Often when people consider late 60s British folk , they think of Fairport Convention and Pentangle, a band that explored more of the Folk Baroque scene, implementing Jazz influences into their folk tunes. Formed in 1967, Pentangle also featured a powerful female vocalist – Jacqui McShee (who still performs with the band) and a bassist named Danny Thompson (no relation to Richard) who also played bass on, you guessed it, “Time Has Told Me” by Nick Drake. Only a few months after Drake’s debut release, Pentangle released its third studio album (it had released two in 1968 – these bands were quite prodigious) Basket of Light, and on it was the traditional piece “Once I Had A Sweetheart” that was creatively arranged by the talented quintet. The music is tinged with a progressive sentiment – a true precursor to some progressive acts that sprouted after the British folk movement petered out in the early 1970s.

So there you have it – Nick Drake records his seminal debut album in 1968/1969 and from perhaps its most famous track we find two British folk giants whose careers have both spanned more than 50 years – time certainly has told us much.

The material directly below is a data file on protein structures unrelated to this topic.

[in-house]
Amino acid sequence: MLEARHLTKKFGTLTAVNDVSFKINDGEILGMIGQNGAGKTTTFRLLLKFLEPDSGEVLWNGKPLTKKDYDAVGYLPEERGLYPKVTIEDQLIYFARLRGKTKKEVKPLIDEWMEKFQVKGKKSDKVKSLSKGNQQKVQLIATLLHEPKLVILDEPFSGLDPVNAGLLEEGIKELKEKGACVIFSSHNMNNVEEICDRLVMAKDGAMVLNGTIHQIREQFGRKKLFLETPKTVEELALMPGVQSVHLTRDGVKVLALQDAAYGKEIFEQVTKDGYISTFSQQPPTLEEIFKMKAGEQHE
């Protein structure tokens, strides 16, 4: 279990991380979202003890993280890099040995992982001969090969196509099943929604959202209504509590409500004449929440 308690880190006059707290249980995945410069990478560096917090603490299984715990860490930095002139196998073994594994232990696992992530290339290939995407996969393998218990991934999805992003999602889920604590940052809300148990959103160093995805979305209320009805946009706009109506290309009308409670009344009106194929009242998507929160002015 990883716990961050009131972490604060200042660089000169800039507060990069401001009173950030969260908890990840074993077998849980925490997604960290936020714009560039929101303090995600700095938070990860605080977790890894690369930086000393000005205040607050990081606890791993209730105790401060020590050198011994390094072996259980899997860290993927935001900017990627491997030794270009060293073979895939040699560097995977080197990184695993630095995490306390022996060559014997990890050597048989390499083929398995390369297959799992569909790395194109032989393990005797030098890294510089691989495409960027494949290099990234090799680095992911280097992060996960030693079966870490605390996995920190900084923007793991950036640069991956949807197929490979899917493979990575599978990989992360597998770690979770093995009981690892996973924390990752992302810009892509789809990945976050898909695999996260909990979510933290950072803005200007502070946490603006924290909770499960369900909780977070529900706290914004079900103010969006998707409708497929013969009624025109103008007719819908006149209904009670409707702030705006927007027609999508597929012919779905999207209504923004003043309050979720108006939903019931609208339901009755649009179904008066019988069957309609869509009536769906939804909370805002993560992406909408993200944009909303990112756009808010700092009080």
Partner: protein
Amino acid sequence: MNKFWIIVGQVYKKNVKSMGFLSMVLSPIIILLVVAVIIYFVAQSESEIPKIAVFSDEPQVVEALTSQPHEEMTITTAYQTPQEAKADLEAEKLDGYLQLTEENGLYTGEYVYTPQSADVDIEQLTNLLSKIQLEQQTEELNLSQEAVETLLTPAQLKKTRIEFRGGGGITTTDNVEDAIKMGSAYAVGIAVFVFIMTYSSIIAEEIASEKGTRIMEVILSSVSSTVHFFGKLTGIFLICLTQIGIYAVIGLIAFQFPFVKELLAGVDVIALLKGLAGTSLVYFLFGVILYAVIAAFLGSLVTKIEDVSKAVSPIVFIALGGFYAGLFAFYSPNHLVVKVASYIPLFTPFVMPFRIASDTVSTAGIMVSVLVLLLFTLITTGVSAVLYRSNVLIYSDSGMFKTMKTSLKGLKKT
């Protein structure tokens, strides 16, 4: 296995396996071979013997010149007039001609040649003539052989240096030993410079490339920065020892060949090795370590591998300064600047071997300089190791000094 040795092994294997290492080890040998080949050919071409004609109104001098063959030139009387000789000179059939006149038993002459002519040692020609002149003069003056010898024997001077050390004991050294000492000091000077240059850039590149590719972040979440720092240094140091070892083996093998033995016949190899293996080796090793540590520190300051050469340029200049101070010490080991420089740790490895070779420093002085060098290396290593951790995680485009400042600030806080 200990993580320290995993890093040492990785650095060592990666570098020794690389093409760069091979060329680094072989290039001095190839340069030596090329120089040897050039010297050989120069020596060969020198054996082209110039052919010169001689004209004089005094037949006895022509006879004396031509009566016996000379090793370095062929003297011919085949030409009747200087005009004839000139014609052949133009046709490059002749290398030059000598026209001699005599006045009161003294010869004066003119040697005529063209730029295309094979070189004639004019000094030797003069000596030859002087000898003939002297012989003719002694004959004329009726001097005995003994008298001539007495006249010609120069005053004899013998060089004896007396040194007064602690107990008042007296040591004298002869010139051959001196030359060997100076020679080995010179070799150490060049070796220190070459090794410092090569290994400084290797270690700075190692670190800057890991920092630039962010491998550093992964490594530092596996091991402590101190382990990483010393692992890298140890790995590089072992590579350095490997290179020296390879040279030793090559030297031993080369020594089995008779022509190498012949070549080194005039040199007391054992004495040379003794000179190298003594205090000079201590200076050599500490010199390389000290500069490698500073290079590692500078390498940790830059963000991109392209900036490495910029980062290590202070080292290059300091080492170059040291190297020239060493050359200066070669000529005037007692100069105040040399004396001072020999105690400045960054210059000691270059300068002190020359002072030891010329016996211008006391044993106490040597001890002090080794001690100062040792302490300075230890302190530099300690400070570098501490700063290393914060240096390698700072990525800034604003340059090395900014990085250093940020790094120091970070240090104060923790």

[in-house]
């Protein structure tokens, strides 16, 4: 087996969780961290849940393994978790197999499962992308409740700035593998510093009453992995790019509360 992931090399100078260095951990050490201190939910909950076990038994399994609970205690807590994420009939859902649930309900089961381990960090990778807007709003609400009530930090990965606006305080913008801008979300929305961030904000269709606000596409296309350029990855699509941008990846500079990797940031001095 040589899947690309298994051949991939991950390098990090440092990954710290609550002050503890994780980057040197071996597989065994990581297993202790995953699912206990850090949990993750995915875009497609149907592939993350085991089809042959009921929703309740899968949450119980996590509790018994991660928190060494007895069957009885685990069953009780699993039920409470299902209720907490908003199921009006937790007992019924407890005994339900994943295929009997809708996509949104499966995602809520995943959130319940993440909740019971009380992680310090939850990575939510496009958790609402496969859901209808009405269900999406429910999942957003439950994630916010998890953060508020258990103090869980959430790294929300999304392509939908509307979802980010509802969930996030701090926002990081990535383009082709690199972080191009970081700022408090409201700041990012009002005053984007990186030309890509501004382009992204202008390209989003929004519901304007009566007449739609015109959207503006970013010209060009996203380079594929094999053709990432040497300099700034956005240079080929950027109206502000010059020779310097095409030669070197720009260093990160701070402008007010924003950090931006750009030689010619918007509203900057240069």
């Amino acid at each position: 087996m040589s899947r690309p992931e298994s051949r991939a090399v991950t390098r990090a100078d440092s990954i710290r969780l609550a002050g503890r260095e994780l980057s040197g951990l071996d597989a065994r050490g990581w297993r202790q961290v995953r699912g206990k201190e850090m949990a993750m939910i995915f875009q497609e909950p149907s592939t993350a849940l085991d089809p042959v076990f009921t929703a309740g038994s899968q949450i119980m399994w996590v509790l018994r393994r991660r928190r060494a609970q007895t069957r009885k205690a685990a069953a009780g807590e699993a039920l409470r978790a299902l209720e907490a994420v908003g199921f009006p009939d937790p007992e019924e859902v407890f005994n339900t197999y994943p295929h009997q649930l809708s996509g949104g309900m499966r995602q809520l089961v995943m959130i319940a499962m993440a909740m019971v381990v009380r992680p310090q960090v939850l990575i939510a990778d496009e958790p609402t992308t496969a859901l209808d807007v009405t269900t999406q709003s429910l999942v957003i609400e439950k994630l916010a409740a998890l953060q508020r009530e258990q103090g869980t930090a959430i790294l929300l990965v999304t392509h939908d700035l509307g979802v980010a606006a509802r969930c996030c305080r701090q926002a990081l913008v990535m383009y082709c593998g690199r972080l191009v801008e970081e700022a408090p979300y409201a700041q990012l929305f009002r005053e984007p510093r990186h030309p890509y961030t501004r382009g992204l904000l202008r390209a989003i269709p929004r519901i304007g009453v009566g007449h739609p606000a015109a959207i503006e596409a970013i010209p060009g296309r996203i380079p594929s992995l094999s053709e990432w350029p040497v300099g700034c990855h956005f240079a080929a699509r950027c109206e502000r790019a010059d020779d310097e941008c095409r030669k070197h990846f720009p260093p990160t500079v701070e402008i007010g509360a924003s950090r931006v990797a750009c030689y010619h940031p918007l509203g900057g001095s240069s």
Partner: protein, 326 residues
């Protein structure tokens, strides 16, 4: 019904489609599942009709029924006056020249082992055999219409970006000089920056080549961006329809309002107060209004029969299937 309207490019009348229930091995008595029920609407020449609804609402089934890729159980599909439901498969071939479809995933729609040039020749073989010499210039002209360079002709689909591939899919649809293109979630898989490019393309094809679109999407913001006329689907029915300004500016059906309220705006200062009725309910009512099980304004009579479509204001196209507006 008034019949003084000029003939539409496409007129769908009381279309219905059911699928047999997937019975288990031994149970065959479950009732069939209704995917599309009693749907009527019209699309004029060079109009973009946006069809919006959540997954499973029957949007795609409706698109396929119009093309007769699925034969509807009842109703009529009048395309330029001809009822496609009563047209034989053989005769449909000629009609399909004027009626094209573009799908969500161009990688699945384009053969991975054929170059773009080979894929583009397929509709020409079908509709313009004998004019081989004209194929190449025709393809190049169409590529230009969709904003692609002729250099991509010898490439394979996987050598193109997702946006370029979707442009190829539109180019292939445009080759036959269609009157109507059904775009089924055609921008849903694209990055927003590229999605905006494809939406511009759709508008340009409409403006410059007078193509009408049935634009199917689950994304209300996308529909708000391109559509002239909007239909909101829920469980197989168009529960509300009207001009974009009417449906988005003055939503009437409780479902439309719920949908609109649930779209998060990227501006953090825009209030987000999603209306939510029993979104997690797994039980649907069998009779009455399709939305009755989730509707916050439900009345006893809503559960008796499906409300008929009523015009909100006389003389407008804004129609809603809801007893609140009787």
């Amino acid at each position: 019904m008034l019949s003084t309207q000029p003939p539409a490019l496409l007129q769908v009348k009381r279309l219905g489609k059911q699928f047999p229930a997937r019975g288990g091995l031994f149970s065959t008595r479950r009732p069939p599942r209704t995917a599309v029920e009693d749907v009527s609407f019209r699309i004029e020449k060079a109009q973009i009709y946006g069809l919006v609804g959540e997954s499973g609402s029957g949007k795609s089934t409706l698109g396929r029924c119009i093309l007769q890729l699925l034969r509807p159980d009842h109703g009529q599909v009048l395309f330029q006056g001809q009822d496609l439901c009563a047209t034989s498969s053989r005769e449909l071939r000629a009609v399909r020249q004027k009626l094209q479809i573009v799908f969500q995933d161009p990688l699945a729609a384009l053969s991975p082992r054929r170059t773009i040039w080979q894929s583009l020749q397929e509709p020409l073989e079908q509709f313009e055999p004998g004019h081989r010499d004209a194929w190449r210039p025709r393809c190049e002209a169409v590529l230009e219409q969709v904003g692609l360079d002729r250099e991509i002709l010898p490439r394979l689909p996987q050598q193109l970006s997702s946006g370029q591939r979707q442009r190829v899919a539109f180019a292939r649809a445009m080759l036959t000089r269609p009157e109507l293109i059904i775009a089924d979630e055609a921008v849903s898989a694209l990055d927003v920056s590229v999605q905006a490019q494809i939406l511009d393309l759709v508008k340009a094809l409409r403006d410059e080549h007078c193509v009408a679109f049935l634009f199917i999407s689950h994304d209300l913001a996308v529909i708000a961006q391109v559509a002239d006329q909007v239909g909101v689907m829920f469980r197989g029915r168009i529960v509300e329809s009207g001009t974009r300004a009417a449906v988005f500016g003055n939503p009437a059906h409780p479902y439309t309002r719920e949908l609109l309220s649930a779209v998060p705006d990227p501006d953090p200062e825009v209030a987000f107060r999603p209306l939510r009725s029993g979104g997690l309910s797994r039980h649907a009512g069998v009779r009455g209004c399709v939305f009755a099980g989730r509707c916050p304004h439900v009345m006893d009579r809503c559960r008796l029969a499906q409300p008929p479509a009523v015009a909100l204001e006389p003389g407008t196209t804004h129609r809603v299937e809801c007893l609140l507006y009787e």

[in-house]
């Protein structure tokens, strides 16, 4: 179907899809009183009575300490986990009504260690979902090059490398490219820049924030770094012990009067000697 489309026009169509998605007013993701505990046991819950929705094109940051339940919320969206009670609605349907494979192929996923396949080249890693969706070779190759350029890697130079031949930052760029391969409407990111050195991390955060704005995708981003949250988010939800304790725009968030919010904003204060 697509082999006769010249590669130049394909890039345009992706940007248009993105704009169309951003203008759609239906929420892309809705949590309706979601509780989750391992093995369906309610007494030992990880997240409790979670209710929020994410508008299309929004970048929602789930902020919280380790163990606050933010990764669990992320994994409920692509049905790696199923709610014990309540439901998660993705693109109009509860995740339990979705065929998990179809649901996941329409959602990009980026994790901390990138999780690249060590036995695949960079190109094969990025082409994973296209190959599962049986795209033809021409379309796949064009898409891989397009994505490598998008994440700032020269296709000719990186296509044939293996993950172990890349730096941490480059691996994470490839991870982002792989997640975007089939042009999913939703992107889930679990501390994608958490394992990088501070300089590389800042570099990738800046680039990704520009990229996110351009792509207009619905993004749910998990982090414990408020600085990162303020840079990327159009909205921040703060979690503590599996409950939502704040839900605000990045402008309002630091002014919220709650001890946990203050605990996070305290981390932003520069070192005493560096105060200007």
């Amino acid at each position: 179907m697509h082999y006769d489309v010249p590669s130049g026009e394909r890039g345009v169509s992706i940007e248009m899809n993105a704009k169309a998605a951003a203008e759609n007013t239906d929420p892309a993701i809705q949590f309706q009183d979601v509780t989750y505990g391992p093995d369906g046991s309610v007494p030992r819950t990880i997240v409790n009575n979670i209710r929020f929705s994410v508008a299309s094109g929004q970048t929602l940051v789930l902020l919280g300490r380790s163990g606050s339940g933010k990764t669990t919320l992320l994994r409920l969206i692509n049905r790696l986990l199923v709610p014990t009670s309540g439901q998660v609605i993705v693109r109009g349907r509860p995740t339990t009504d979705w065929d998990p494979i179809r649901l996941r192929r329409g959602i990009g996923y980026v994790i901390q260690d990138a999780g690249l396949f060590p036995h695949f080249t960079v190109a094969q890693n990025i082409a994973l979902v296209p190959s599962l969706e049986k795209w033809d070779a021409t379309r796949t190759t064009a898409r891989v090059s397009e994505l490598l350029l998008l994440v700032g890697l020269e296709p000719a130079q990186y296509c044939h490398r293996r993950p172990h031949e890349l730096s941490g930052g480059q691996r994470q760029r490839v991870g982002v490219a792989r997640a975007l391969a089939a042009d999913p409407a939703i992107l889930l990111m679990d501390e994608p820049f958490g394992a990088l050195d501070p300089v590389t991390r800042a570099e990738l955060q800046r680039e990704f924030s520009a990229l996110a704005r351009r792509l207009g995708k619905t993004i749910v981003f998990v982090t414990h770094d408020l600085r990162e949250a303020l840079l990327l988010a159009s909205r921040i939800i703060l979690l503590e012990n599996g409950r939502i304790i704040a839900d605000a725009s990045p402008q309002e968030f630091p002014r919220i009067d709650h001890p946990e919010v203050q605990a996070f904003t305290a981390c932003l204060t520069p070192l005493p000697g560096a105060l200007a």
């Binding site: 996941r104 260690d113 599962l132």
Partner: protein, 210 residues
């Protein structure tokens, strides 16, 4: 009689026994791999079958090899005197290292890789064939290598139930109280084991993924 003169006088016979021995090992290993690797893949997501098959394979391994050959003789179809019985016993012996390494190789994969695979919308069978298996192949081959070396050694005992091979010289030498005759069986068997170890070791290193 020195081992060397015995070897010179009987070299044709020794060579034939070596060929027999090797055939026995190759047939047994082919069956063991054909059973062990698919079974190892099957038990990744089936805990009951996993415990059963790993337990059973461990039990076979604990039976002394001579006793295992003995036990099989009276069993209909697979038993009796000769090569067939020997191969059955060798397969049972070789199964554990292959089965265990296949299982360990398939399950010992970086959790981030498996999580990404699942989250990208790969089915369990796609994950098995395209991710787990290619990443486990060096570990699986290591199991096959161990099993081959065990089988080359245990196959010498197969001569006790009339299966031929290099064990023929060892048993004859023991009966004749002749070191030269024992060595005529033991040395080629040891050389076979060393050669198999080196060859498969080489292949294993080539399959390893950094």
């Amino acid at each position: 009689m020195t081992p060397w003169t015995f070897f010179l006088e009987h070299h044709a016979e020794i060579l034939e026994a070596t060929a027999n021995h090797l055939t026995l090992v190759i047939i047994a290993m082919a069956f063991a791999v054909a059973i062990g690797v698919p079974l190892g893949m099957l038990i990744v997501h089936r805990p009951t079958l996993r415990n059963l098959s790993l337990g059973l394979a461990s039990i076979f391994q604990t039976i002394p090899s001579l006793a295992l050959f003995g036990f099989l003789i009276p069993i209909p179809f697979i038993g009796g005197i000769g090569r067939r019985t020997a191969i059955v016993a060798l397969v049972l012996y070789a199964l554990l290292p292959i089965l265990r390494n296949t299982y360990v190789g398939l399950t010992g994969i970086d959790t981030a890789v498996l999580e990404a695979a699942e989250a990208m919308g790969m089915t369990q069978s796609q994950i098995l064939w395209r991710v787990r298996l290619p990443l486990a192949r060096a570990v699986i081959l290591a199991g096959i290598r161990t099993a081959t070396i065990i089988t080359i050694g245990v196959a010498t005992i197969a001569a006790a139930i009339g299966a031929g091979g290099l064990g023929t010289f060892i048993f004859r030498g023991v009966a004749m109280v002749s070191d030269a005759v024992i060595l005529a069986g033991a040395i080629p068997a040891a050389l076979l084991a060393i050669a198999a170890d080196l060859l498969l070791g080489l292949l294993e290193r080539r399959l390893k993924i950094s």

Shawna Virago Delivers Strong Messages With Punk Twists In Heaven Sent Delinquent

13 Apr

Shawna Virago dazzles the music scene with her newest album Heaven Sent Delinquent. Combining visual storytelling with singing about emotions, Virago does an amazing job of painting pictures within the tracks on this album. Drawing inspiration from typical folk sound, Virago spins it into a world of her own. Also, deep within her music lies the themes of punk rebels, stories of the queer and transgender community, and pioneers of society. Overall the album takes the listener through a ride of journey as they listen to stories of love, adventure, and reflections. In conclusion, Virago crafts a sound that’s a perfect blend of new age Americana, folk, and punk into one album.